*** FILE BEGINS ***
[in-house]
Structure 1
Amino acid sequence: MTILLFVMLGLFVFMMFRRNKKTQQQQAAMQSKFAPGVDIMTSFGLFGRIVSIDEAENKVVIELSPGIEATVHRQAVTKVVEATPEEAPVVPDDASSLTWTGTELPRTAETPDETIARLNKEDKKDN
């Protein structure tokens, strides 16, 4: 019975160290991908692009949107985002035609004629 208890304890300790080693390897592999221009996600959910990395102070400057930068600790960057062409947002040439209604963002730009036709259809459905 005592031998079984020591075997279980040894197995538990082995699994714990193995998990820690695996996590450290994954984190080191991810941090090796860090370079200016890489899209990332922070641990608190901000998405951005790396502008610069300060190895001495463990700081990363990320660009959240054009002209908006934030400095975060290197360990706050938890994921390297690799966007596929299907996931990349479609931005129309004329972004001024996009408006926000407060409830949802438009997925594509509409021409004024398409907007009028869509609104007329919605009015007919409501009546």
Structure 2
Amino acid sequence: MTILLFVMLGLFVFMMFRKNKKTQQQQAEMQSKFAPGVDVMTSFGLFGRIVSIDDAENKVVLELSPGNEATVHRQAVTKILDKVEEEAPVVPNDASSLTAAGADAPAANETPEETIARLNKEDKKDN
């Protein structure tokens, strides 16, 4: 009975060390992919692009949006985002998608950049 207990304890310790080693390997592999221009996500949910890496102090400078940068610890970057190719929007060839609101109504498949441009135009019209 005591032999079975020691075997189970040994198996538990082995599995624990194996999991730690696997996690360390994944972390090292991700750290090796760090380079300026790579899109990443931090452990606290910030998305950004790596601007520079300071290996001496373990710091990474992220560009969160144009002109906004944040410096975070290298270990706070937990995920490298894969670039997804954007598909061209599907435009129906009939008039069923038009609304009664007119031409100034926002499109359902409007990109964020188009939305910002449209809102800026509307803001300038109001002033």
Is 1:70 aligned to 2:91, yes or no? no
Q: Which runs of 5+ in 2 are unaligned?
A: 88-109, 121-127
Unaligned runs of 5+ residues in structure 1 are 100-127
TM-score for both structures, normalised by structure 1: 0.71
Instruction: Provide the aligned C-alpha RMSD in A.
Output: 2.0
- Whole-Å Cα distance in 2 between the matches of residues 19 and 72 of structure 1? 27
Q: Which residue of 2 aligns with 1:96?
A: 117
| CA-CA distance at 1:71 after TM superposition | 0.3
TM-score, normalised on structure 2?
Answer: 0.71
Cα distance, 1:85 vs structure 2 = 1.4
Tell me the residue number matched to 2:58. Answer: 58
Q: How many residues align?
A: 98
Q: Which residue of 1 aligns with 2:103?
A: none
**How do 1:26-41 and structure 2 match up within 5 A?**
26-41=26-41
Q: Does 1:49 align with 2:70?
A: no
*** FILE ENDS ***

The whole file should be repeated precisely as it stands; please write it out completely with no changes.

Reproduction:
[in-house]
Structure 1
Amino acid sequence: MTILLFVMLGLFVFMMFRRNKKTQQQQAAMQSKFAPGVDIMTSFGLFGRIVSIDEAENKVVIELSPGIEATVHRQAVTKVVEATPEEAPVVPDDASSLTWTGTELPRTAETPDETIARLNKEDKKDN
């Protein structure tokens, strides 16, 4: 019975160290991908692009949107985002035609004629 208890304890300790080693390897592999221009996600959910990395102070400057930068600790960057062409947002040439209604963002730009036709259809459905 005592031998079984020591075997279980040894197995538990082995699994714990193995998990820690695996996590450290994954984190080191991810941090090796860090370079200016890489899209990332922070641990608190901000998405951005790396502008610069300060190895001495463990700081990363990320660009959240054009002209908006934030400095975060290197360990706050938890994921390297690799966007596929299907996931990349479609931005129309004329972004001024996009408006926000407060409830949802438009997925594509509409021409004024398409907007009028869509609104007329919605009015007919409501009546």
Structure 2
Amino acid sequence: MTILLFVMLGLFVFMMFRKNKKTQQQQAEMQSKFAPGVDVMTSFGLFGRIVSIDDAENKVVLELSPGNEATVHRQAVTKILDKVEEEAPVVPNDASSLTAAGADAPAANETPEETIARLNKEDKKDN
């Protein structure tokens, strides 16, 4: 009975060390992919692009949006985002998608950049 207990304890310790080693390997592999221009996500949910890496102090400078940068610890970057190719929007060839609101109504498949441009135009019209 005591032999079975020691075997189970040994198996538990082995599995624990194996999991730690696997996690360390994944972390090292991700750290090796760090380079300026790579899109990443931090452990606290910030998305950004790596601007520079300071290996001496373990710091990474992220560009969160144009002109906004944040410096975070290298270990706070937990995920490298894969670039997804954007598909061209599907435009129906009939008039069923038009609304009664007119031409100034926002499109359902409007990109964020188009939305910002449209809102800026509307803001300038109001002033």
Is 1:70 aligned to 2:91, yes or no? no
Q: Which runs of 5+ in 2 are unaligned?
A: 88-109, 121-127
Unaligned runs of 5+ residues in structure 1 are 100-127
TM-score for both structures, normalised by structure 1: 0.71
Instruction: Provide the aligned C-alpha RMSD in A.
Output: 2.0
- Whole-Å Cα distance in 2 between the matches of residues 19 and 72 of structure 1? 27
Q: Which residue of 2 aligns with 1:96?
A: 117
| CA-CA distance at 1:71 after TM superposition | 0.3
TM-score, normalised on structure 2?
Answer: 0.71
Cα distance, 1:85 vs structure 2 = 1.4
Tell me the residue number matched to 2:58. Answer: 58
Q: How many residues align?
A: 98
Q: Which residue of 1 aligns with 2:103?
A: none
**How do 1:26-41 and structure 2 match up within 5 A?**
26-41=26-41
Q: Does 1:49 align with 2:70?
A: no